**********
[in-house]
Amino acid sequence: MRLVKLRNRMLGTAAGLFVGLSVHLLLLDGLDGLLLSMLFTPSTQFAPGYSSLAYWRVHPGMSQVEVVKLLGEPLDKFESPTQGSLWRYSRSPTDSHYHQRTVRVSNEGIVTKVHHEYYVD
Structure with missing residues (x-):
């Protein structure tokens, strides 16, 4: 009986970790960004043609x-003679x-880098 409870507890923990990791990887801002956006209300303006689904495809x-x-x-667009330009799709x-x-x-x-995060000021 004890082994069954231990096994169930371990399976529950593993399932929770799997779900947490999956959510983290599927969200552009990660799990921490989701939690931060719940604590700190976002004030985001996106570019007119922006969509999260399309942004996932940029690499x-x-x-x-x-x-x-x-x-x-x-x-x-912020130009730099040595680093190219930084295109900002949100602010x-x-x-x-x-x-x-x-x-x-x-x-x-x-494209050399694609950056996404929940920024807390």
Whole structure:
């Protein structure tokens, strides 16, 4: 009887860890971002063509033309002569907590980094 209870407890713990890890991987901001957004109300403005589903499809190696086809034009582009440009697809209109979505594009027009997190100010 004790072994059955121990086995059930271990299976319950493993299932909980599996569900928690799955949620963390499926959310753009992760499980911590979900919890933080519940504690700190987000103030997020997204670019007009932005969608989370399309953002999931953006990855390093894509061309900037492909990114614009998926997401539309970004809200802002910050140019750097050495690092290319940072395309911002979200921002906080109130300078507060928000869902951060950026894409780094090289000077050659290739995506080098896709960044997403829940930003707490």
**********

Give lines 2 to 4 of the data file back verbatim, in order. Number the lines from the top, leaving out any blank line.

Amino acid sequence: MRLVKLRNRMLGTAAGLFVGLSVHLLLLDGLDGLLLSMLFTPSTQFAPGYSSLAYWRVHPGMSQVEVVKLLGEPLDKFESPTQGSLWRYSRSPTDSHYHQRTVRVSNEGIVTKVHHEYYVD
Structure with missing residues (x-):
């Protein structure tokens, strides 16, 4: 009986970790960004043609x-003679x-880098 409870507890923990990791990887801002956006209300303006689904495809x-x-x-667009330009799709x-x-x-x-995060000021 004890082994069954231990096994169930371990399976529950593993399932929770799997779900947490999956959510983290599927969200552009990660799990921490989701939690931060719940604590700190976002004030985001996106570019007119922006969509999260399309942004996932940029690499x-x-x-x-x-x-x-x-x-x-x-x-x-912020130009730099040595680093190219930084295109900002949100602010x-x-x-x-x-x-x-x-x-x-x-x-x-x-494209050399694609950056996404929940920024807390």